- 1 pros and cons of having multiple credit cards
- 2 How Many Credit Cards Should You Have to Maintain Good Credit Scores?
- 3 Compare Top Credit Card Offers
- 4 Why I Don’t Have a Business Credit Card (And How it Grew My Income Dramatically)
- 5 Lucky Bitch Video Transcript – Why I Don’t Have a Business Credit Card (And How it Grew My Income Dramatically)
- 5.1 There are a couple of reasons why.
- 5.2 Are there downsides to not having a credit card? Sure.
- 5.3 That’s my final message. As always, I just wish you love, luck and abundance in your life and business.
- 6 Can You Have Two of the Exact Same Rewards Credit Cards?
pros and cons of having multiple credit cards
On one hand, having more than one credit card provides more rewards, while on the other, they may become a financial burden for you. Read about the many pros and cons of having multiple credit cards.
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How Many Credit Cards Should You Have to Maintain Good Credit Scores?
If you can afford to have more than one credit card, it can benefit your credit. Bankrate says that contrary to popular belief, lenders do not assume that people with multiple lines of credit are more likely to have debt. Having older, established cards on your account that you pay off frequently will benefit your score.
Applying for multiple cards in a short amount of time will affect your credit report negatively. Opening multiple accounts at once will make it seem like you are in financial trouble and need credit immediately. MSN Money expert Liz Pulliam Weston recommends starting with one credit card and applying for others later.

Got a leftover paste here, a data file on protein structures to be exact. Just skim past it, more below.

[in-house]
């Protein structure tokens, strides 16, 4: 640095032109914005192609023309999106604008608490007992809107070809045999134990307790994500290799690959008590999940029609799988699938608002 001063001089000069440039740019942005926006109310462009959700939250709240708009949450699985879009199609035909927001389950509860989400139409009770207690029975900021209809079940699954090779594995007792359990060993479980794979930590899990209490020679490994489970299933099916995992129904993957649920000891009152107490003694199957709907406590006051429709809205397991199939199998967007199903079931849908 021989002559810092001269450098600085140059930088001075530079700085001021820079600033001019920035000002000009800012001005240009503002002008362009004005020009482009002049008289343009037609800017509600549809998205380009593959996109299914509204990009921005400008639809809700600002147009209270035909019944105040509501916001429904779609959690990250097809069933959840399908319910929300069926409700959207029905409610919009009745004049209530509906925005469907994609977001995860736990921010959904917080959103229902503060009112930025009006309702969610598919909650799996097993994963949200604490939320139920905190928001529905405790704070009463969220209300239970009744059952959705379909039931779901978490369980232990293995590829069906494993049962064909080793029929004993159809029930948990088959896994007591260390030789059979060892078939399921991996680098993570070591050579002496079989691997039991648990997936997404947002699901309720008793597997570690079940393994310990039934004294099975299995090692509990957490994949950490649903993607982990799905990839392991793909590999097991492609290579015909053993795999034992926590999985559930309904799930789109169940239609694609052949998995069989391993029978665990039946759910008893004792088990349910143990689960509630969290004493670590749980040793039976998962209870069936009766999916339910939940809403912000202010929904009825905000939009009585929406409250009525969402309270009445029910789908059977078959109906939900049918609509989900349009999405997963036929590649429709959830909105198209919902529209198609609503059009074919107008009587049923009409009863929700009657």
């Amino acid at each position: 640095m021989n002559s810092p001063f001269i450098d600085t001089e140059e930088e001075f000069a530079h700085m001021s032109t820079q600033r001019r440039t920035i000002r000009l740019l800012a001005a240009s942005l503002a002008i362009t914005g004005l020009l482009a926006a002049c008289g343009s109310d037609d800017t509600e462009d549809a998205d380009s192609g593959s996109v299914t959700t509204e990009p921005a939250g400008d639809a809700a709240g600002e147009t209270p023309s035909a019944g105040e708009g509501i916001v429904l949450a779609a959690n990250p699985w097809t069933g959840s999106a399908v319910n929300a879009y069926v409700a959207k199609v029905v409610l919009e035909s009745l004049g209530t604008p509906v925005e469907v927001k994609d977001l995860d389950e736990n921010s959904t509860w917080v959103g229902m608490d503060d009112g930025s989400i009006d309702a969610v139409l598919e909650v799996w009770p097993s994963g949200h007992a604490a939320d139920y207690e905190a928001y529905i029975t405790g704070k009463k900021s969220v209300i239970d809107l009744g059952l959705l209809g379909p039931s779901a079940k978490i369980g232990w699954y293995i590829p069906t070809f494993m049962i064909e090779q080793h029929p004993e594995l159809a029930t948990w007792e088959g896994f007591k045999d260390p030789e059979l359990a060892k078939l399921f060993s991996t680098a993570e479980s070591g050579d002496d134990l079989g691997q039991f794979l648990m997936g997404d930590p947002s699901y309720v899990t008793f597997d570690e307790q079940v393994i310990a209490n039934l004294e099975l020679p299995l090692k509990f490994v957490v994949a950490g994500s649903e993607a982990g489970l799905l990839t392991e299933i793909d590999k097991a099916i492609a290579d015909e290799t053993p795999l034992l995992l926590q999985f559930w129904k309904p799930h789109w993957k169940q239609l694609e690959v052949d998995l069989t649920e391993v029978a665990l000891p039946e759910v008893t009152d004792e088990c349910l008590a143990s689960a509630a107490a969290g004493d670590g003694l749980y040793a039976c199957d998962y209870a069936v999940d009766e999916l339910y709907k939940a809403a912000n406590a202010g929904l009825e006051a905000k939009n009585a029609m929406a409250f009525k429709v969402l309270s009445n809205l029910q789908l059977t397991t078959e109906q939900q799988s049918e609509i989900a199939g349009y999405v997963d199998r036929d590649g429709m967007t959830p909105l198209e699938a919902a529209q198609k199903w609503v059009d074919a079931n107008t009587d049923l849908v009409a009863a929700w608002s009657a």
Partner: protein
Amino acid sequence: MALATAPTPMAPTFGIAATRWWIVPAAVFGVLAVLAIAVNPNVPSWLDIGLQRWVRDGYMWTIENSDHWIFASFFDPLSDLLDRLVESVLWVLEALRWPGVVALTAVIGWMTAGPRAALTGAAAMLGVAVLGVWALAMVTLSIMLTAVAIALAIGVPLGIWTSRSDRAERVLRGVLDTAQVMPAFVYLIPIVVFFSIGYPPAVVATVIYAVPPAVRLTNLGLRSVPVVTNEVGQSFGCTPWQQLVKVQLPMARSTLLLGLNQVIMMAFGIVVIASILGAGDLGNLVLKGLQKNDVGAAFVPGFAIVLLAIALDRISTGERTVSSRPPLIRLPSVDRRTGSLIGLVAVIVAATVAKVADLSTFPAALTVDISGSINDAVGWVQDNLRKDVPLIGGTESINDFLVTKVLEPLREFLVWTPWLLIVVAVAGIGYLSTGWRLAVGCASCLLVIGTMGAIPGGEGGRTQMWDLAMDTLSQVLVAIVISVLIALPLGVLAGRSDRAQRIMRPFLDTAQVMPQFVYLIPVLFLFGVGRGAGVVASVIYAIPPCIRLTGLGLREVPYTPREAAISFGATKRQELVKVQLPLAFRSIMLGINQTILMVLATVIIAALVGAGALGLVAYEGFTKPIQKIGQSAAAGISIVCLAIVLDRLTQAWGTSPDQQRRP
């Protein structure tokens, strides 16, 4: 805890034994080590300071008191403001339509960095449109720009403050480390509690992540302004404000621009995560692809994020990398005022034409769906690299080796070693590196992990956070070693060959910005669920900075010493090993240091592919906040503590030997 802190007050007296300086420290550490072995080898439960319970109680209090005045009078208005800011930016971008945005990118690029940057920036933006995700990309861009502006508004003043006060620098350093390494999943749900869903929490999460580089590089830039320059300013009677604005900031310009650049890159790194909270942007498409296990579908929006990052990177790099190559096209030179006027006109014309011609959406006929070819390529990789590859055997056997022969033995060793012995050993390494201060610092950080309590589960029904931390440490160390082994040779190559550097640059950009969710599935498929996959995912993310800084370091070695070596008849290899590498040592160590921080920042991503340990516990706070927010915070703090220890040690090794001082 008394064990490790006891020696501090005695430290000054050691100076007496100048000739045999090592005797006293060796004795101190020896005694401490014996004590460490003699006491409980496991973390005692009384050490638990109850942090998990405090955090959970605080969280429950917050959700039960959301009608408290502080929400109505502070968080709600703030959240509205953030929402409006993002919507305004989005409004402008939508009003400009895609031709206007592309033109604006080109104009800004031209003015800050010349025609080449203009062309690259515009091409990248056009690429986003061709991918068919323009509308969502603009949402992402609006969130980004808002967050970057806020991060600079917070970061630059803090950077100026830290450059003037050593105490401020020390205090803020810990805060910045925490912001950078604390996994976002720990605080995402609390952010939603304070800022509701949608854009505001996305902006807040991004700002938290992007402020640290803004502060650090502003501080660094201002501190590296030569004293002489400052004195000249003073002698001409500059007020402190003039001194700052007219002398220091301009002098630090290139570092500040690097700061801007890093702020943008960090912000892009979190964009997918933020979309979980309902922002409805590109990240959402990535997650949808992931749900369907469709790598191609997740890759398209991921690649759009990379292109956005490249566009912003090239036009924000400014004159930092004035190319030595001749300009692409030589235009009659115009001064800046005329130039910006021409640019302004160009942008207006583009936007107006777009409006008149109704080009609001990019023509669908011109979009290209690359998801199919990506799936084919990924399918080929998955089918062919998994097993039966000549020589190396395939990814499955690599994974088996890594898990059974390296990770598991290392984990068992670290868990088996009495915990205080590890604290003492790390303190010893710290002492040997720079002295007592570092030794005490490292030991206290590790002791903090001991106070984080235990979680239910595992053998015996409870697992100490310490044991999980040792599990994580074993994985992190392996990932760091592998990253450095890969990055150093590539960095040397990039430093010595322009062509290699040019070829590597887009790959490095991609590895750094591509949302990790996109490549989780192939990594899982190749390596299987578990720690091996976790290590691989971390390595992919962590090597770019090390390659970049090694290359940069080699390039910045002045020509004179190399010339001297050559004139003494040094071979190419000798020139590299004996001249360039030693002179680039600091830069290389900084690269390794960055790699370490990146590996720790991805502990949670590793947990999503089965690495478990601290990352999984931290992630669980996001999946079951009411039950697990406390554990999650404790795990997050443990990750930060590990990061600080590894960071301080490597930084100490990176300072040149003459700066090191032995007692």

Any number of credit cards, if kept in good standing, can positively affect your credit score. Only carry the number of cards that you can afford to pay off. Bank of America recommends paying your balance on time each month and never carrying a balance of more than 50 percent of the card’s limit to keep your credit in great shape.
Compare Top Credit Card Offers
This calculator will help you make a decision between two credit card offers. First enter a sample balance amount for the comparison and a monthly payment that is greater than the monthly interest charge.
From there, fill in the fields where necessary. Under both the columns for Card #1 and Card #2, input the following information: annual fee, introductory annual interest rate, the term of that introductory rate, and the regular interest rate. Then from the pull-down menus provided, choose either “daily” or “monthly” as the compounding periods. Press CALCULATE, and you’ll learn the number of payments it will take to pay off the balance on both cards, and you’ll see the total costs associated with the balance on the two cards. Hopefully, this can lead you to the best card for your wallet.
If a card has no introductory offer, leave the introductory fields blank for that card (rather than entering a zero in both fields).
It seems every week there's a new, shiny credit card offer in the mail. From free airline miles, to cash back, to credit towards vacation and free gas, how do you tell the difference between a great value and a scam? While there is no blanket perfect card for everyone, there is the perfect card that best suits your needs. There are three components that go into making a good decision on your next credit card. The details of the credit program, the rewards, and your spending habits create the ideal card for you.